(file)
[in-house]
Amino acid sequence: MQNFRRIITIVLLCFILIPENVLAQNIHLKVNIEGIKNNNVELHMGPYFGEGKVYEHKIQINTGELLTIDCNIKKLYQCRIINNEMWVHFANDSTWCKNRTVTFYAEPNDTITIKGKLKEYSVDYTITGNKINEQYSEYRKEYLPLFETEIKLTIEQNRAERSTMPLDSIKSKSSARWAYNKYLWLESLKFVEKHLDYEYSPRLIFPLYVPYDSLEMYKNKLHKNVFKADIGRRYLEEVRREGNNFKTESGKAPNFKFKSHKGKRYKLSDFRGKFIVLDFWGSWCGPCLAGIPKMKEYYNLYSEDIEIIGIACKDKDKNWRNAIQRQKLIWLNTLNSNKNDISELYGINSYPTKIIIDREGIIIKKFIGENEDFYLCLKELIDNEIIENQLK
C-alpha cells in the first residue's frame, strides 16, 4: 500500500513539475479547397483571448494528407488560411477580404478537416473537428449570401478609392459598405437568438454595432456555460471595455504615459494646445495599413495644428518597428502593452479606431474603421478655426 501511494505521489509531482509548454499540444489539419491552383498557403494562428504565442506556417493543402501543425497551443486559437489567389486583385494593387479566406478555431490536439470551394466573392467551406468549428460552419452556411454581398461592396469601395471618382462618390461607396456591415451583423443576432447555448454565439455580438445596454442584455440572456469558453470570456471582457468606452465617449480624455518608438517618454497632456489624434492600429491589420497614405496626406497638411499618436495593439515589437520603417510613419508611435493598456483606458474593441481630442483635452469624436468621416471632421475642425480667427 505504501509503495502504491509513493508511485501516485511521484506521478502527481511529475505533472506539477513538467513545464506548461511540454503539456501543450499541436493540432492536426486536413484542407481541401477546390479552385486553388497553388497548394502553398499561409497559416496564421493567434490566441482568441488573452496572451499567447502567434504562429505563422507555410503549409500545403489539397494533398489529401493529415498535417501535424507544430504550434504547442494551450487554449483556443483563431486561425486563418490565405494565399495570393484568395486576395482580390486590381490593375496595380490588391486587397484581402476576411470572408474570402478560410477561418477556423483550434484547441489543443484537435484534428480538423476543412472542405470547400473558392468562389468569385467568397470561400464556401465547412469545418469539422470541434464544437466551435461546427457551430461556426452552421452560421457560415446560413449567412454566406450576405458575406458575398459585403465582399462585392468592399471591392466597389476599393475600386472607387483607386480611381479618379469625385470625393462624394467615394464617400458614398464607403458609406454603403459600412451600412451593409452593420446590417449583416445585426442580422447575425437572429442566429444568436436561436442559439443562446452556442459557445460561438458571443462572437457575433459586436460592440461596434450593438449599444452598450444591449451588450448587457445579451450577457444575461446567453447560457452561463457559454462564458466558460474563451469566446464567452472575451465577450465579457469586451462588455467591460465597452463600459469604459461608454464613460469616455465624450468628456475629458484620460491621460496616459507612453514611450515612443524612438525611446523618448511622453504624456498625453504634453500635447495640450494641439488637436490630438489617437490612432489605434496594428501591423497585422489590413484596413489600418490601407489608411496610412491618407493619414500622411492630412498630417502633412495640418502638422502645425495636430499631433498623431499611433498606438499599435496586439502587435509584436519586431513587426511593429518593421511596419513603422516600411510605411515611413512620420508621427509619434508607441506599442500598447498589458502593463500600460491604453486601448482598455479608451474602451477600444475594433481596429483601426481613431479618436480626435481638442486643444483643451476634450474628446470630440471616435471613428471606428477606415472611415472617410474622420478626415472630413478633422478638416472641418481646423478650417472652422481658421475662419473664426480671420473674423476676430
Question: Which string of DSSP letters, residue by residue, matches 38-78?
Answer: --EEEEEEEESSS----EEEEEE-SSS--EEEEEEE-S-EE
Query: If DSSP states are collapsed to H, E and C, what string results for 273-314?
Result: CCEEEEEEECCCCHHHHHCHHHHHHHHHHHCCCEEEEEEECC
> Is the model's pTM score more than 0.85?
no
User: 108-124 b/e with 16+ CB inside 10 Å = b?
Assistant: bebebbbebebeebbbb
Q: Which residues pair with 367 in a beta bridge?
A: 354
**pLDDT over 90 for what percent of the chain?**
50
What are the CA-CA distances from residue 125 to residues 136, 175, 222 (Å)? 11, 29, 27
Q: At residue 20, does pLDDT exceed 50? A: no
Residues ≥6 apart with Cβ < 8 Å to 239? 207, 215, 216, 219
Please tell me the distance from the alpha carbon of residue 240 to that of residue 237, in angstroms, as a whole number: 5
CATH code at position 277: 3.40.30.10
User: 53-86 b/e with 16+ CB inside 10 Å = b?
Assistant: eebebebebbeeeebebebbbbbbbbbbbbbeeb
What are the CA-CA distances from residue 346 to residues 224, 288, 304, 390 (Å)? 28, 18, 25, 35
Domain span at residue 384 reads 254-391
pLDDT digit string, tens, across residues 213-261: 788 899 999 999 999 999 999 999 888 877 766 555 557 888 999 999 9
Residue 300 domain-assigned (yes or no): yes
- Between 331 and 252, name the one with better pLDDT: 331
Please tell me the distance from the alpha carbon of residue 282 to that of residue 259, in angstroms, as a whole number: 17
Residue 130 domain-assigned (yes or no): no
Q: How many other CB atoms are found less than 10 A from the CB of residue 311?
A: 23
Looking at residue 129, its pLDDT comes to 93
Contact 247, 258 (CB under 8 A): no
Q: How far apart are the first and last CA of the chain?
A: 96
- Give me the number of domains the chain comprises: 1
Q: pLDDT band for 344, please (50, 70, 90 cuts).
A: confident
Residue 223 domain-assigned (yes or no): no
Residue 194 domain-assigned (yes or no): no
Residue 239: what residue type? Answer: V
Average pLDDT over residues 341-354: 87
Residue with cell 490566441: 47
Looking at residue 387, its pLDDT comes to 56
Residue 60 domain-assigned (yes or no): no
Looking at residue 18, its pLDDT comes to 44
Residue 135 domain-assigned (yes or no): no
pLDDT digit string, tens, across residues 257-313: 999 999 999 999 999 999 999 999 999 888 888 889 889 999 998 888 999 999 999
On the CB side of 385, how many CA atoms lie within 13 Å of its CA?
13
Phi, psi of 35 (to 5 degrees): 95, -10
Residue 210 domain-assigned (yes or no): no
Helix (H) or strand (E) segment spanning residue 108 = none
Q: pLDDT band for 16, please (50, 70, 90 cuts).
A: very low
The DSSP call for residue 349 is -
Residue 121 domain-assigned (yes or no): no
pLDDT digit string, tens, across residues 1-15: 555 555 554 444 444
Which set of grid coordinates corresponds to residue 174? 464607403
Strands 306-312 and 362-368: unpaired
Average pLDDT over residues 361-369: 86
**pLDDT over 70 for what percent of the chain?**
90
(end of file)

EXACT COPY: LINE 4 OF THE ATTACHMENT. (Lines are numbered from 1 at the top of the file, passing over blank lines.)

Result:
Question: Which string of DSSP letters, residue by residue, matches 38-78?